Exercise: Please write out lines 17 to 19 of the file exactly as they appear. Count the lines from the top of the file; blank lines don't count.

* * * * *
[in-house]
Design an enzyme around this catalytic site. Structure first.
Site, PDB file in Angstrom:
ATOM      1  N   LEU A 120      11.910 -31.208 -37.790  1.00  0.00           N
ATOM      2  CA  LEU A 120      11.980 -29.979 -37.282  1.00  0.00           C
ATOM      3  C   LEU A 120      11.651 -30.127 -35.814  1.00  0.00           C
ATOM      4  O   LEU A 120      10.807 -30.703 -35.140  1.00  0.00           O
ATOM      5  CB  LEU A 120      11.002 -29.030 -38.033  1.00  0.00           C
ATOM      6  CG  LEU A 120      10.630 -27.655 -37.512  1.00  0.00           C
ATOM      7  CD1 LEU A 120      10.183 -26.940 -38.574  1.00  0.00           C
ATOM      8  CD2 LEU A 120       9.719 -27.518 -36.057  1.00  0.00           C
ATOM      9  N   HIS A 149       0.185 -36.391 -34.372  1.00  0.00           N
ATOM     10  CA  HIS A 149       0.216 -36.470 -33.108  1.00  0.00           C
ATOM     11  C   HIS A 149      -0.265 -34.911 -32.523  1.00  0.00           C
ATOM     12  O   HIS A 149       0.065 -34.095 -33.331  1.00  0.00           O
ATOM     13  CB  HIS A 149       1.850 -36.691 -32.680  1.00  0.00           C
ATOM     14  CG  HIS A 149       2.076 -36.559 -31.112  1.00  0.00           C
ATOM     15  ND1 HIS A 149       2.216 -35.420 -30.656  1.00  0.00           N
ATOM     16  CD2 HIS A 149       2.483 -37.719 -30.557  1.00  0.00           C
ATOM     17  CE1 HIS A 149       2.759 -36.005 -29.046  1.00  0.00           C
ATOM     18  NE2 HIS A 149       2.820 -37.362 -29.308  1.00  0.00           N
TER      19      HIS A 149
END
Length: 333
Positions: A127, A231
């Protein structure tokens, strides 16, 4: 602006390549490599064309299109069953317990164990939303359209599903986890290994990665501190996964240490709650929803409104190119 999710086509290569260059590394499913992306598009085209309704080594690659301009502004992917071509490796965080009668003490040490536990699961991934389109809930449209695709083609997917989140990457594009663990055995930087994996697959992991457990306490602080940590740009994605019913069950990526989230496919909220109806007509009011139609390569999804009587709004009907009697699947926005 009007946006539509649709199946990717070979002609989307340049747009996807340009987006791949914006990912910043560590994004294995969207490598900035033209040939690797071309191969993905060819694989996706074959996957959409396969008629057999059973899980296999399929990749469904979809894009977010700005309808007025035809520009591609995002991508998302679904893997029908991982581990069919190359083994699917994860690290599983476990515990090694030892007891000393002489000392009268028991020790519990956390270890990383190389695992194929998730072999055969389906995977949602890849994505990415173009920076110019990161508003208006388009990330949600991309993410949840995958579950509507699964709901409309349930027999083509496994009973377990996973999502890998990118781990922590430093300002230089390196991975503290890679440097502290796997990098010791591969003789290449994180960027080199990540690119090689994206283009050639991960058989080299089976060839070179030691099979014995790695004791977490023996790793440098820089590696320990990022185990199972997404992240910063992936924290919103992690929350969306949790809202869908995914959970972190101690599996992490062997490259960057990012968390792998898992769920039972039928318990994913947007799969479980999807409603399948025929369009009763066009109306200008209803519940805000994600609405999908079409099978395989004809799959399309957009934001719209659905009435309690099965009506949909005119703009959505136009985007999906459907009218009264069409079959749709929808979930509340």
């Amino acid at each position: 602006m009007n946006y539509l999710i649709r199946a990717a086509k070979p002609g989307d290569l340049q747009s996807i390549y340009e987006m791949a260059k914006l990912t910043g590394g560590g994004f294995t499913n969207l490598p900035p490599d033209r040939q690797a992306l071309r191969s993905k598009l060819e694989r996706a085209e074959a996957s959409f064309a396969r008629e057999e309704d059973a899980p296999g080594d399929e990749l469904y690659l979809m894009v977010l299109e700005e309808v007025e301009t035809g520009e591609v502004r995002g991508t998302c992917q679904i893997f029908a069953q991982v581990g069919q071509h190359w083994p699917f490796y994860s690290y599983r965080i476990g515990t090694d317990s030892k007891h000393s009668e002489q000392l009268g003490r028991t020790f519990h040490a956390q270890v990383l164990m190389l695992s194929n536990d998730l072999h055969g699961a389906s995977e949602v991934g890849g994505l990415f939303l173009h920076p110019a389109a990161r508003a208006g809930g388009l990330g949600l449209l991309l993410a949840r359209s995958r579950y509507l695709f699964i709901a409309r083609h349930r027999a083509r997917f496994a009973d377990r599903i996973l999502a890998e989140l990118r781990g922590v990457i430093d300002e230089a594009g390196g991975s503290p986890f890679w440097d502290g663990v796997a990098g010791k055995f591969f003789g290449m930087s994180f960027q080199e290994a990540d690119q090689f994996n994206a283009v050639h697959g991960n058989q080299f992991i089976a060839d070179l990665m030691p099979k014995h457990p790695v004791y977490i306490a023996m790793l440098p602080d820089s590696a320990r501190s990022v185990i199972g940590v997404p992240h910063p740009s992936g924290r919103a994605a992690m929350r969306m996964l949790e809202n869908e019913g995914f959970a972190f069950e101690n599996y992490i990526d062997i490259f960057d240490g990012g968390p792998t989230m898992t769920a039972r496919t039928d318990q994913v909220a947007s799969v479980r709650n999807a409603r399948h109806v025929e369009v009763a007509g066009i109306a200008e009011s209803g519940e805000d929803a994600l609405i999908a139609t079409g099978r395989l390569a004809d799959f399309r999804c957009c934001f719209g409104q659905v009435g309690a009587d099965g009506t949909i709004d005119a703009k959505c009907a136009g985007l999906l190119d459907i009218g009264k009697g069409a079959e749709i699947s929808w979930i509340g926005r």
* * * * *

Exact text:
ATOM     14  CG  HIS A 149       2.076 -36.559 -31.112  1.00  0.00           C
ATOM     15  ND1 HIS A 149       2.216 -35.420 -30.656  1.00  0.00           N
ATOM     16  CD2 HIS A 149       2.483 -37.719 -30.557  1.00  0.00           C